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Research Projects

Attentional Preferences for Predictability in Young Children with Autism Spectrum Disorder

Attentional Preferences for Predictability in Young Children with Autism Spectrum DisorderAttention patterns and preferences have become a key area of research in understanding individuals with autism spectrum disorder (ASD) due to the critical role that attention plays in learning and development across the lifespan. Results from many studies have shown that people with ASD have differences in the way they pay attention to their environment, and that early differences in attention have been associated with later difficulties with social communication. Across studies that have examined attention differences in ASD, some of the clearest differences have emerged in studies of attention to complex, dynamic social stimuli (e.g., two real people interacting in a video).

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Visual Processing in Autism Spectrum Disorders

Otoacoustic Emissions and Auditory Feedback in Minimally Verbal Children with ASDHow do children and adolescents see different things in the world around them? There is so much visual information in the world and our brains work to efficiently process what is most important. Our brains are tuned to process different types of images with varying levels of precision, which helps us see what is necessary and filter out what is not. Previous research suggests that children with autism may have difficulty processing faces, but that they may show a strength in processing other types of visual information.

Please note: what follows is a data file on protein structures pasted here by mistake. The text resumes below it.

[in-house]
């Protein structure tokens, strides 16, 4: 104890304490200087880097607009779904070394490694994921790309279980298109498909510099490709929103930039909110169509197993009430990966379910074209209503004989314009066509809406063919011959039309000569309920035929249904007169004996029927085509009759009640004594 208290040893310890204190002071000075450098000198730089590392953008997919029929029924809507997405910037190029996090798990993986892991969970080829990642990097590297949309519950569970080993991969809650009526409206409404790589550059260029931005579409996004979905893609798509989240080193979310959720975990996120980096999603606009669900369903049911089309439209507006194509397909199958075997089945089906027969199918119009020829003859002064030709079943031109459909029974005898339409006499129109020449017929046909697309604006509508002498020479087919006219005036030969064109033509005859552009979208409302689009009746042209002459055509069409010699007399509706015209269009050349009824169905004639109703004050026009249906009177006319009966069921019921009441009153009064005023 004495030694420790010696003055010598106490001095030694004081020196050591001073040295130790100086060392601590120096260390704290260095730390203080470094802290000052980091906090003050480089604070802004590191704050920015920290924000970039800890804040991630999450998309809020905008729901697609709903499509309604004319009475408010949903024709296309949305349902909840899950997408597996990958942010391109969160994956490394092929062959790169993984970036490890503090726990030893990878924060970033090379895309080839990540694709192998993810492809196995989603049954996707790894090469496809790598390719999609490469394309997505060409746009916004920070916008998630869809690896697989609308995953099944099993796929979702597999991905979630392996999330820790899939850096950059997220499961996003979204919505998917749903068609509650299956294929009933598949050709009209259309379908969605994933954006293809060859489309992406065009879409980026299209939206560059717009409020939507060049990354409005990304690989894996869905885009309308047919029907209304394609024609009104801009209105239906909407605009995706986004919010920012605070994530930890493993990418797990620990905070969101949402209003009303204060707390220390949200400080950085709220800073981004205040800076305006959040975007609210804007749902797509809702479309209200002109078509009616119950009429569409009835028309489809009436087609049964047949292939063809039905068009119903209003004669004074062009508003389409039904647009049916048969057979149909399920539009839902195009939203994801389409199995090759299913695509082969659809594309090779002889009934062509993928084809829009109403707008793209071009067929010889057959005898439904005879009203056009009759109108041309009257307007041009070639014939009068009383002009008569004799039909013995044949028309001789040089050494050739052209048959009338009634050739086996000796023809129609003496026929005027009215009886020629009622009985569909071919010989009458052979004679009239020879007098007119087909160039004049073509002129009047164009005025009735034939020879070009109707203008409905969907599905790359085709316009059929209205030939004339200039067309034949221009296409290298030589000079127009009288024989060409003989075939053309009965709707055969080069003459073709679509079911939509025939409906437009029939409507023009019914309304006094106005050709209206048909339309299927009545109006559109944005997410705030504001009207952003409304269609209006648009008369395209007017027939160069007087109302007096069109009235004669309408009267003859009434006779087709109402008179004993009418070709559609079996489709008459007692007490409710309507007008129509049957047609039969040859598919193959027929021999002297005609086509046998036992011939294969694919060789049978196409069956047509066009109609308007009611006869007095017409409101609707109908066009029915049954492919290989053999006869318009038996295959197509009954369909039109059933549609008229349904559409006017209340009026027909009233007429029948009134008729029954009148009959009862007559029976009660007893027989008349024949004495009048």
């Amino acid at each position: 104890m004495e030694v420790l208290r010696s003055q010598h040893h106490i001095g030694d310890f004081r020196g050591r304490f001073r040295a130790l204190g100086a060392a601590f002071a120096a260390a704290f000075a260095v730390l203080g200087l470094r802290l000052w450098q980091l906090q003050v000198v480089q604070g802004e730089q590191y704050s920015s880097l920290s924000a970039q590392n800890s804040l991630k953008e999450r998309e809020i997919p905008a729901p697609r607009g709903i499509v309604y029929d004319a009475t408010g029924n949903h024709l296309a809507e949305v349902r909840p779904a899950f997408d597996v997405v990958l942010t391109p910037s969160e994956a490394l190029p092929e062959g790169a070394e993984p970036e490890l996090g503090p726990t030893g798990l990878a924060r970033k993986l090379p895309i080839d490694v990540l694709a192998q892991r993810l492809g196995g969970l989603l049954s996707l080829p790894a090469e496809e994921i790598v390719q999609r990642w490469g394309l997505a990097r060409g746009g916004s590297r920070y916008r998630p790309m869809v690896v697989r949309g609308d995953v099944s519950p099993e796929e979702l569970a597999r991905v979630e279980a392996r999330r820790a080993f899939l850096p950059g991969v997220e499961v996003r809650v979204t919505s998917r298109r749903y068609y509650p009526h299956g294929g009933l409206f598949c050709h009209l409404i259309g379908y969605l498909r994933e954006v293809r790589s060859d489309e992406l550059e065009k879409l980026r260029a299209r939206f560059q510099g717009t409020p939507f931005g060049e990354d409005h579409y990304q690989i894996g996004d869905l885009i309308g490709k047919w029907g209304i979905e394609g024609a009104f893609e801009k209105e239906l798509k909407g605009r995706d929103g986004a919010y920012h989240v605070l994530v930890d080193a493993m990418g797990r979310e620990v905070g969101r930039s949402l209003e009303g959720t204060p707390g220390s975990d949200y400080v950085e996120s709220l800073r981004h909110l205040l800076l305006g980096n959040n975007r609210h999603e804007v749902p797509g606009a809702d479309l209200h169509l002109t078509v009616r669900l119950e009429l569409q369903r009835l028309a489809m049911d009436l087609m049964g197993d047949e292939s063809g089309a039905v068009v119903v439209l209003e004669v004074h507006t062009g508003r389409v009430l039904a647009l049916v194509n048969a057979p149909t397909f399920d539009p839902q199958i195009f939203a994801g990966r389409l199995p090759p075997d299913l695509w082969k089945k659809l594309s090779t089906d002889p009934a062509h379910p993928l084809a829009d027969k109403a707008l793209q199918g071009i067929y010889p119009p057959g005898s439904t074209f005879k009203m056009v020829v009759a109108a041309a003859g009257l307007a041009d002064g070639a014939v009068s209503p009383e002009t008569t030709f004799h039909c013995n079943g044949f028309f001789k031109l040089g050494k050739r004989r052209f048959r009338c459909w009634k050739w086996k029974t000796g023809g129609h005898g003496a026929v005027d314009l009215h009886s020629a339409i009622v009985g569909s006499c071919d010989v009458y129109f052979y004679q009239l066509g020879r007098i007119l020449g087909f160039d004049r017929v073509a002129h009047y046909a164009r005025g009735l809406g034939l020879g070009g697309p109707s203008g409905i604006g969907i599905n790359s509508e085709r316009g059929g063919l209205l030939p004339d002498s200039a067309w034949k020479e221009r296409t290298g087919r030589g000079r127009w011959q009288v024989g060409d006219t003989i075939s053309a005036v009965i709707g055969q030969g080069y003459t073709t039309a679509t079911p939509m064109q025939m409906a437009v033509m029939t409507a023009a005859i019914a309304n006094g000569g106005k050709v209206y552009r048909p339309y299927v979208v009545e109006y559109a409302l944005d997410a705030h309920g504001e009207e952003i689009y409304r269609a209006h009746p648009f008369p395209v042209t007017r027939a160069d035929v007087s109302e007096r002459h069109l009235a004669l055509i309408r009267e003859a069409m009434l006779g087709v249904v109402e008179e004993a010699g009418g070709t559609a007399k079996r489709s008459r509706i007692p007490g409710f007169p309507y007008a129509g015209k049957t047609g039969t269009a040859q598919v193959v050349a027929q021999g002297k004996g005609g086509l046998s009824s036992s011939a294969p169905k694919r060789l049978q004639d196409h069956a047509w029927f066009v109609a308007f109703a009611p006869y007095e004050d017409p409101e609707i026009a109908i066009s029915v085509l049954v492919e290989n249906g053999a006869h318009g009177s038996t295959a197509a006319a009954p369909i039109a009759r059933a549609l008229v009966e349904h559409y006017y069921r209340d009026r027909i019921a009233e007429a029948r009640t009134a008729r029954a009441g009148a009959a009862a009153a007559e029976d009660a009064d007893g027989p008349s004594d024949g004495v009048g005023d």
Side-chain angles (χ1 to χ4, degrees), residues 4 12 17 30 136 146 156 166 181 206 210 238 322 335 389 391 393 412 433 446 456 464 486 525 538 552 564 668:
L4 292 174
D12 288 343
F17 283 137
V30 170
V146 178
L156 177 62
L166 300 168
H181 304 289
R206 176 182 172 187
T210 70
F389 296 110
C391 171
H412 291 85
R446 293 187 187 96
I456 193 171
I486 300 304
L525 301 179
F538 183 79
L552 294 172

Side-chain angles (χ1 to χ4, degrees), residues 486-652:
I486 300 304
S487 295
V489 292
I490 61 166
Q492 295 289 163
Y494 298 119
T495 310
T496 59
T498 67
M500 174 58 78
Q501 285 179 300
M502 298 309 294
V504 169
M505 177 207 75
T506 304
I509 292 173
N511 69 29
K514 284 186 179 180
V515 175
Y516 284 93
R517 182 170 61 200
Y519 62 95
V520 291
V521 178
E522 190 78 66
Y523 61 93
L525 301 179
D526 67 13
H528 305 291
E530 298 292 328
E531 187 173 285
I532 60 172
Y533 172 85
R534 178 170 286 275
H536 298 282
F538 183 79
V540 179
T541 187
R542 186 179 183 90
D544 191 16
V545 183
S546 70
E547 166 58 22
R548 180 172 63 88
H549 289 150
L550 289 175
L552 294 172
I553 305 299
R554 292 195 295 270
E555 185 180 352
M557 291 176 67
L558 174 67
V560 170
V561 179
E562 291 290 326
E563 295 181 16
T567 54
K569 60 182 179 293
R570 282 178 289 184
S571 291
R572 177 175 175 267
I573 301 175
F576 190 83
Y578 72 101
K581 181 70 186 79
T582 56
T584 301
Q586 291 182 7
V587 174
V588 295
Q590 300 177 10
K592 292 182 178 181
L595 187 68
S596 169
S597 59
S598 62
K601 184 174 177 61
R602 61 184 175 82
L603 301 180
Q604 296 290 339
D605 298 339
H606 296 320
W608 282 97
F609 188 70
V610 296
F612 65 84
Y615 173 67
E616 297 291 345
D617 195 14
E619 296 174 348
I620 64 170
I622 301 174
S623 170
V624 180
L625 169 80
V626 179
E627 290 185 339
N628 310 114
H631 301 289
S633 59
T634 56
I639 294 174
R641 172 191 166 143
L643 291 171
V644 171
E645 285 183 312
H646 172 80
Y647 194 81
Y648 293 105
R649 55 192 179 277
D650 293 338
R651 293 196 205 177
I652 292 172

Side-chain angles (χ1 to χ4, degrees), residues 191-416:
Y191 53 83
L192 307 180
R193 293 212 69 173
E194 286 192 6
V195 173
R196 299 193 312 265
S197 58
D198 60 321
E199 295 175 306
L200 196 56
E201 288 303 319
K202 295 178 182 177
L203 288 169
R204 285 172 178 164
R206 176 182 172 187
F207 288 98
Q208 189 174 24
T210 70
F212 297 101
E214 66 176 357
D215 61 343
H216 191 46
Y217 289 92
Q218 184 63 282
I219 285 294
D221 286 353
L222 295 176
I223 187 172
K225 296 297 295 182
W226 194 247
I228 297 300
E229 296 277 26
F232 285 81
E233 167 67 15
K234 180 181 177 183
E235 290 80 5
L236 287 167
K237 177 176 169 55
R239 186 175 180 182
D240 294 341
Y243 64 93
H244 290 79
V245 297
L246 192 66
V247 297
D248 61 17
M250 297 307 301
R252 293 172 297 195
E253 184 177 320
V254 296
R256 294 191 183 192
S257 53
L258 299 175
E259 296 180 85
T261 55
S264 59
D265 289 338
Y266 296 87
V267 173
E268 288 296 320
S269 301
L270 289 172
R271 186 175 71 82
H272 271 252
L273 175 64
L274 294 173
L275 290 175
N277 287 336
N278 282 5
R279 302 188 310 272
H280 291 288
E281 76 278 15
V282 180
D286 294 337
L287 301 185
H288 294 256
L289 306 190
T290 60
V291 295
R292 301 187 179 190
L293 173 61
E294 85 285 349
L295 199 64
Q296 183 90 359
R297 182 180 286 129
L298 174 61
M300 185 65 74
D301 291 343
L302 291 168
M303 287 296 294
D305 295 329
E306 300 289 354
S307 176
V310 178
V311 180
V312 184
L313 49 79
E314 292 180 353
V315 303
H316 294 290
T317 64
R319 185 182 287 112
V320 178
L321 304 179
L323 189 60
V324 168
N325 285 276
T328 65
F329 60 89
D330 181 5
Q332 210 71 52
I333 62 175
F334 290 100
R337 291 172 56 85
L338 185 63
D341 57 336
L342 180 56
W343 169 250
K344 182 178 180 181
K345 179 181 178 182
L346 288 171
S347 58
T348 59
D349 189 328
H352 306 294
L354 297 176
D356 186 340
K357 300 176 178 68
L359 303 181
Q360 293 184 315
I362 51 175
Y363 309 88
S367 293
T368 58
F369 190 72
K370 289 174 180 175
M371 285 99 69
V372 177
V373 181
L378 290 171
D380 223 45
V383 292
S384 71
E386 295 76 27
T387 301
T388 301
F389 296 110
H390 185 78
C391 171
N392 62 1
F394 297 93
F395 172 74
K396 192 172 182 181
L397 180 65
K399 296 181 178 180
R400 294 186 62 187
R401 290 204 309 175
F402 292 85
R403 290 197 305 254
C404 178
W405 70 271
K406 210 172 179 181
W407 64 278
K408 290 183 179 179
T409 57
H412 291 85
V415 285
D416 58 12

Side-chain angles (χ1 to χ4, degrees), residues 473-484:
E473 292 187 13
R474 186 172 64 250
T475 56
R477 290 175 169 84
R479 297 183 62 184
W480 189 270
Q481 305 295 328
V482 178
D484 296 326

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Otoacoustic Emissions and Auditory Feedback in Minimally Verbal Children with ASD

Otoacoustic Emissions and Auditory Feedback in Minimally Verbal Children with ASDAuditory processing deficits have been found to be one of the earliest signs of an autism spectrum disorder (ASD). Testing early auditory processing is difficult in very young, minimally verbal children, but the integrity of outer hair cell function can be evaluated reliably using otoacoustic emissions (OAEs). Sound causes contractions of the outer hair cells and generates acoustic signals (OAEs), which can be recorded in the external ear canal (Kemp, 2002). Measuring these signals is noninvasive and reliable, and is a routine approach to testing auditory functioning in children as young as infancy.

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